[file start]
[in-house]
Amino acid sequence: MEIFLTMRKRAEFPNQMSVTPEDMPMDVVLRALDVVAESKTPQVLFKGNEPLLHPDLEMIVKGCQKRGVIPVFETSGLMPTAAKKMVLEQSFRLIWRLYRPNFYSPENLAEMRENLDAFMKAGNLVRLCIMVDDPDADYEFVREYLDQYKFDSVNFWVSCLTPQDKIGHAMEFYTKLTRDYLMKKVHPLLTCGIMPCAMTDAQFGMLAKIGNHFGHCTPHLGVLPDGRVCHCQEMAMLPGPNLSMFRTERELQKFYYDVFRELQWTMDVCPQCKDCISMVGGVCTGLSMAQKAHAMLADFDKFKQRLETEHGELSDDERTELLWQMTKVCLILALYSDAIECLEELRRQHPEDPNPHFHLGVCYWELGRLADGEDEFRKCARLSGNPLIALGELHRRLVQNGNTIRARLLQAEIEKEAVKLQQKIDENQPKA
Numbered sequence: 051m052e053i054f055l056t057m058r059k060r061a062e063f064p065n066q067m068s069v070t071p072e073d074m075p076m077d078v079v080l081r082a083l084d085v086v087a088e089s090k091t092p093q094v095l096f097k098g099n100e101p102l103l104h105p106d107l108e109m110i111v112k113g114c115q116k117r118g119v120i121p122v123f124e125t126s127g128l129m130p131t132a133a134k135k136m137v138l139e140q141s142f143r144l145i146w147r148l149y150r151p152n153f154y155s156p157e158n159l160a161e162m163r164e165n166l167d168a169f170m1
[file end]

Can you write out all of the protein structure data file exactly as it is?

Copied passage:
[in-house]
Amino acid sequence: MEIFLTMRKRAEFPNQMSVTPEDMPMDVVLRALDVVAESKTPQVLFKGNEPLLHPDLEMIVKGCQKRGVIPVFETSGLMPTAAKKMVLEQSFRLIWRLYRPNFYSPENLAEMRENLDAFMKAGNLVRLCIMVDDPDADYEFVREYLDQYKFDSVNFWVSCLTPQDKIGHAMEFYTKLTRDYLMKKVHPLLTCGIMPCAMTDAQFGMLAKIGNHFGHCTPHLGVLPDGRVCHCQEMAMLPGPNLSMFRTERELQKFYYDVFRELQWTMDVCPQCKDCISMVGGVCTGLSMAQKAHAMLADFDKFKQRLETEHGELSDDERTELLWQMTKVCLILALYSDAIECLEELRRQHPEDPNPHFHLGVCYWELGRLADGEDEFRKCARLSGNPLIALGELHRRLVQNGNTIRARLLQAEIEKEAVKLQQKIDENQPKA
Numbered sequence: 051m052e053i054f055l056t057m058r059k060r061a062e063f064p065n066q067m068s069v070t071p072e073d074m075p076m077d078v079v080l081r082a083l084d085v086v087a088e089s090k091t092p093q094v095l096f097k098g099n100e101p102l103l104h105p106d107l108e109m110i111v112k113g114c115q116k117r118g119v120i121p122v123f124e125t126s127g128l129m130p131t132a133a134k135k136m137v138l139e140q141s142f143r144l145i146w147r148l149y150r151p152n153f154y155s156p157e158n159l160a161e162m163r164e165n166l167d168a169f170m1